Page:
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14 September 2010

De Landa Reading Group: Essentialism and a Very Strange Mereology Indeed!

Alex Reid has his post up on Chapter 2 of ANPoS: Assemblages Against Essences, Johan at Archaeological Haecceities has a post up about Harman's take on De Landa and Chris Vitale has a post up discussing De Landa in relation to fuzzy set theory.  Rather than comment on their comments, I'm going to again stray off into my own thoughts in the hope of once again clarifying things that I don't quite comprehend.  Please don't take this as first-and-foremost a critique of De Landa - it is, as I've so often claimed before, my attempt to work out some of my own confusions through consideration, and discussion.

I had a really tough time with this chapter.  Whenever we get into discussing mereology - the relation of parts to wholes - I get confounded.  I've mentioned this in the past, but let me explain.  Whenever we start talking about how wholes affect their parts I start to feel as if the explanations become magical in a way, as opposed to causal.  For example, when De Landa says that social assemblages constrain and enable their components or that they can be thought of as creating a "space of possibilities" I ask, how do they do it?  By what mechanism?  De Landa himself says that he's interested in causal explanations, but I can't seem to find the causal mechanism for the kind of relationship between part and whole that he's discussing.

In the end it starts sounding structuralist to me, though an historical structuralism.  When he says that it wouldn't matter which individuals occupied an office in an organization or that, when talking about interactions between organizations, it wouldn't matter which components of the organization were doing the interacting, I ask, when is this ever the case? And, what's more, how could we ever test this?  We can't test it because there's no way to redo a particular interaction between two organizations using different individual components.  But how many people would argue that the government is exactly the same now that Obama is President as it was when Bush was President?  Sure many things are the same, because many agencies have persisted through the transition, and so in some sense the difference is minimal, but the difference does exist and can easily be demonstrated.  And when the US interacts with Israel and Palestine, is there really not difference if the Secretary of State is Hillary Clinton versus Condoleezza Rice?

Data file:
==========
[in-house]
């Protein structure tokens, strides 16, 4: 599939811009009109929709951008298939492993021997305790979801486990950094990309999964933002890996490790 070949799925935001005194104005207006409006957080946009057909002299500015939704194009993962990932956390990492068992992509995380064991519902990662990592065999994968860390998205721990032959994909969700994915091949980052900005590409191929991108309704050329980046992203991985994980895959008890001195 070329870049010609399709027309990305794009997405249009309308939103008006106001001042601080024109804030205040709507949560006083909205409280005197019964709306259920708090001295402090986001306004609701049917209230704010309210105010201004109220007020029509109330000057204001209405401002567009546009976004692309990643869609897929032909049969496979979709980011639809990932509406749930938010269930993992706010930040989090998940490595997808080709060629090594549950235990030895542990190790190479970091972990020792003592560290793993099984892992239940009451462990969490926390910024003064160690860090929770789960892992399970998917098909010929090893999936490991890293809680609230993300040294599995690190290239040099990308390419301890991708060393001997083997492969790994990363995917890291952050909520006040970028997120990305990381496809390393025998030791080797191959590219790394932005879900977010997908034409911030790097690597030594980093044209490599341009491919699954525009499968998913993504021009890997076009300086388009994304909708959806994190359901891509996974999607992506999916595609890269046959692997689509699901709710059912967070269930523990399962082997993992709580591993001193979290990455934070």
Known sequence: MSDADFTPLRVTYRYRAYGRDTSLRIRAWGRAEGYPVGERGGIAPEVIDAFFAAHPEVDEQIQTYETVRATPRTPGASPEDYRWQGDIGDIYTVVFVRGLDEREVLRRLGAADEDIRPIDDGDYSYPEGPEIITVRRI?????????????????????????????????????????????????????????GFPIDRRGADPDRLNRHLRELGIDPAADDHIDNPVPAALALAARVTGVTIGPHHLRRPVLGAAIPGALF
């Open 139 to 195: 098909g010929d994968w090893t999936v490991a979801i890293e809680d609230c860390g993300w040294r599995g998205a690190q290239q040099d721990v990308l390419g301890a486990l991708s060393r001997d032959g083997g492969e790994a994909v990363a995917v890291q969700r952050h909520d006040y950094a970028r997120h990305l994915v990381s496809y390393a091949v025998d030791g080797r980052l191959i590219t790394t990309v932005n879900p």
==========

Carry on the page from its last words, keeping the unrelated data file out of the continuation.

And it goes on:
Here's an example of the kind of magical thinking that I'm talking about from Levi's blog a while back (not Levi's thinking, just an example he was using).  When Muslims engage in terrorism, a common explanation is that there is a culture of terror inherent in Islam itself.  This is to say that an entity "Islamic Culture" causes Muslims to behave in a certain way.  Now the claim is, of course, ridiculous in itself since that would mean that all Muslims are terrorists which is clearly not the case, and as the author points out, since the same claim is not made of white terrorists like Tim McVeigh - instead these acts are generally blamed on the instability of the individual or something of that nature.  But that's not exactly true either.  Rather it could be said that there are cultural effects which interact with the individual's personality to cause him or her to act as a terrorist.  But even to say that there are "cultural effects" is not to explain the cause - it's just to say that at least part of the cause is external to his or her individuality.  In order to explain the cause we have to describe the proliferation of agencies - both internal and external to the individual - which interacted to produce the terrorist act or any other phenomenon (a la Latour).  To simply say an effect is "cultural" or "social" might be okay shorthand in some circumstances, but it's overly simplistic and magical as I mentioned before.  And if we have to do this anyway to have a meaningful causal explanation, then what's the point of talking about "culture" or "the social" in the first place?